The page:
Ecological succession


Ecological succession
Succession after disturbance: a boreal forest one (left) and two years (right) after a wildfire.

Ecological succession, is the phenomenon or process by which a community progressively transforms itself until a stable community is formed. It is a fundamental concept in ecology, and refers to more or less predictable and orderly changes in the composition or structure of an ecological community. Succession may be initiated either by formation of new, unoccupied habitat (e.g., a lava flow or a severe landslide) or by some form of disturbance (e.g. fire, severe windthrow, logging) of an existing community. Succession that begins in areas where no soil is initially present is called primary succession, whereas succession that begins in areas where soil is already present is called secondary succession.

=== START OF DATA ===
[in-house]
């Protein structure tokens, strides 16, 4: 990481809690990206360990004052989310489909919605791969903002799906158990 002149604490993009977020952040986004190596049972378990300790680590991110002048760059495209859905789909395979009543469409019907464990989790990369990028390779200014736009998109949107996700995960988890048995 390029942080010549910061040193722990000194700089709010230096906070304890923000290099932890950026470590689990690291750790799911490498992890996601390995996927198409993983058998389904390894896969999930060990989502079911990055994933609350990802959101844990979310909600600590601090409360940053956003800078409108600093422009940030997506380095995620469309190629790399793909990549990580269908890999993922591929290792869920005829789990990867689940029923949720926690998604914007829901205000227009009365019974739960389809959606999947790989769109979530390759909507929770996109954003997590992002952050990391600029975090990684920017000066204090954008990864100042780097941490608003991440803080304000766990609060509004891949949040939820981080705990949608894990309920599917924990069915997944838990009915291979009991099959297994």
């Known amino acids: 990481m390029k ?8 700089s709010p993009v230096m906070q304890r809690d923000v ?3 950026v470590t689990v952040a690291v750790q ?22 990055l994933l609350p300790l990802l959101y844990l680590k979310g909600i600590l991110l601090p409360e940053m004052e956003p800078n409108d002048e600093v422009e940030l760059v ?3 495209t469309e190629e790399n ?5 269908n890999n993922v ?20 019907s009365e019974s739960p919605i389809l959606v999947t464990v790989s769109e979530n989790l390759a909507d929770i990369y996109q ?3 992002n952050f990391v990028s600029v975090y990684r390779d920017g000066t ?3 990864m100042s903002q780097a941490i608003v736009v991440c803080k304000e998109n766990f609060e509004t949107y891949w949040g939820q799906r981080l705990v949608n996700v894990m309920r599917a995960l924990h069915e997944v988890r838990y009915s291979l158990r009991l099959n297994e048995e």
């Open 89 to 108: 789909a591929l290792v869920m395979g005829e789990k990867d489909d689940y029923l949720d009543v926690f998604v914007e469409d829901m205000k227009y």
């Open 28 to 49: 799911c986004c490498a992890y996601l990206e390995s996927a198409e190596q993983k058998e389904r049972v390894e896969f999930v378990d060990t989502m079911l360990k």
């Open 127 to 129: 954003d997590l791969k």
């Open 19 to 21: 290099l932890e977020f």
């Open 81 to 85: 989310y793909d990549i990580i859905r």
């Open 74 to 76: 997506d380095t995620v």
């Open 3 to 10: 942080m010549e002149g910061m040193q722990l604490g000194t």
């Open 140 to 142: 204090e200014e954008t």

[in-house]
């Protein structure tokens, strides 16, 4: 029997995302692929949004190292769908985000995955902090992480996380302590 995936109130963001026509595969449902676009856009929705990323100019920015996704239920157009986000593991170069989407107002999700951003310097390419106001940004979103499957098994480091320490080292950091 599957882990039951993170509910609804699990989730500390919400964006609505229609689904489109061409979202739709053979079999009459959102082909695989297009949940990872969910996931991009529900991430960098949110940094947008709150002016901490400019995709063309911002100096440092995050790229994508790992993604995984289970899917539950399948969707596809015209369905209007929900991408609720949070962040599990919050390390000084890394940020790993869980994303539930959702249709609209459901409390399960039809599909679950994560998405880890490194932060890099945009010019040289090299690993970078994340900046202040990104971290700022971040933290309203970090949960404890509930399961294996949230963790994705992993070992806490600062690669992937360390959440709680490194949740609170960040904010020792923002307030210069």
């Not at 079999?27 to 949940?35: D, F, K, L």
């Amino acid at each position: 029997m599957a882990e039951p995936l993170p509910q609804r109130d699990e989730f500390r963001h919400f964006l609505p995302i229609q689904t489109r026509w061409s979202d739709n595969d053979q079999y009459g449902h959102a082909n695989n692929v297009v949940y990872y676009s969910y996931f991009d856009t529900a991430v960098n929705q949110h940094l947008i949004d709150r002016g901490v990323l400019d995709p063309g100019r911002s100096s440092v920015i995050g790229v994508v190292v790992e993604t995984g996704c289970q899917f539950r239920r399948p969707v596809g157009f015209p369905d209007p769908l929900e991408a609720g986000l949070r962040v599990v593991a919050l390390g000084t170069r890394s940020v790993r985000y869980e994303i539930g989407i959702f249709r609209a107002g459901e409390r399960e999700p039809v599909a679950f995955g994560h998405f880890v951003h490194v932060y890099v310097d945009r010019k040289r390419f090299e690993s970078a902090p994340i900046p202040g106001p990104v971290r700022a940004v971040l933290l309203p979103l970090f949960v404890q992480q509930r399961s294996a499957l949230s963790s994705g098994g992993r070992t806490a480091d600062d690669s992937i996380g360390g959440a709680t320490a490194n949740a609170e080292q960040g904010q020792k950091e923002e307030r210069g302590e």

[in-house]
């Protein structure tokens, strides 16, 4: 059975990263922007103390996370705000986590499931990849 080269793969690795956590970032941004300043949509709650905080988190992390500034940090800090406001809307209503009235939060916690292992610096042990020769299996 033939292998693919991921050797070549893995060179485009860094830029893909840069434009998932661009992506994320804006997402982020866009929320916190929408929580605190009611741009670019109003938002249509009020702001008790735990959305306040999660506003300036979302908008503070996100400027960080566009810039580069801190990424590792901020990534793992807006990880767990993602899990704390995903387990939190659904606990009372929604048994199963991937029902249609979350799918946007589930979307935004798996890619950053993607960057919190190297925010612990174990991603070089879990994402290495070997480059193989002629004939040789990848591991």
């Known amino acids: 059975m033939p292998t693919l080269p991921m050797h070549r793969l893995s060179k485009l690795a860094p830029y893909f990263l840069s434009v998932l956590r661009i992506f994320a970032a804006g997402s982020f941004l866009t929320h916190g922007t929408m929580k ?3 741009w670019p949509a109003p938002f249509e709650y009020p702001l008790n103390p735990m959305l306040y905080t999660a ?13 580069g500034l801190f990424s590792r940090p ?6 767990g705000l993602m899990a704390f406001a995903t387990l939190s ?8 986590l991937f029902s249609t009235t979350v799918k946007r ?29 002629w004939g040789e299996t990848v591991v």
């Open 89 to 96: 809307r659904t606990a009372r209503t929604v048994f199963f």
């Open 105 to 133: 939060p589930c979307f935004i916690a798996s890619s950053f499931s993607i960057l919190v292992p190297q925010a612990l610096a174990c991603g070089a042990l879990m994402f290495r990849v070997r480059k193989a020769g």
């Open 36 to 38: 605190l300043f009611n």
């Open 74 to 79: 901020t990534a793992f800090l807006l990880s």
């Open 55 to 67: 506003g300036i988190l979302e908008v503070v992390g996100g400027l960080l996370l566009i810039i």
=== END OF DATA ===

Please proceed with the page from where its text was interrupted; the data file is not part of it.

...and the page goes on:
Contents

History of the theory

The idea of ecological succession goes back to the 14th century. The French naturalist Adolphe Dureau de la Malle was the first to make use of the word succession about the vegetation development after forest clear-felling. In 1859 Henry David Thoreau wrote an address called "The Succession of Forest Trees" in which he described succession in an Oak-Pine forest.

Henry Chandler Cowles, at the University of Chicago, developed a more formal concept of succession. Inspired by the studies of Danish dunes done by Eugen Warming, Cowles studied vegetation development on sand dunes on the shores of Lake Michigan (the Indiana Dunes). He recognized that vegetation on sand-dunes of different ages might be interpreted as different stages of a general trend of vegetation development on dunes, and used his observations to propose a particular sequence (sere) and process of primary succession. His paper, "The ecological relations of the vegetation of the sand dunes of Lake Michigan" in 1899 in the Botanical Gazette is one of the classic publications in the history of the field of ecology.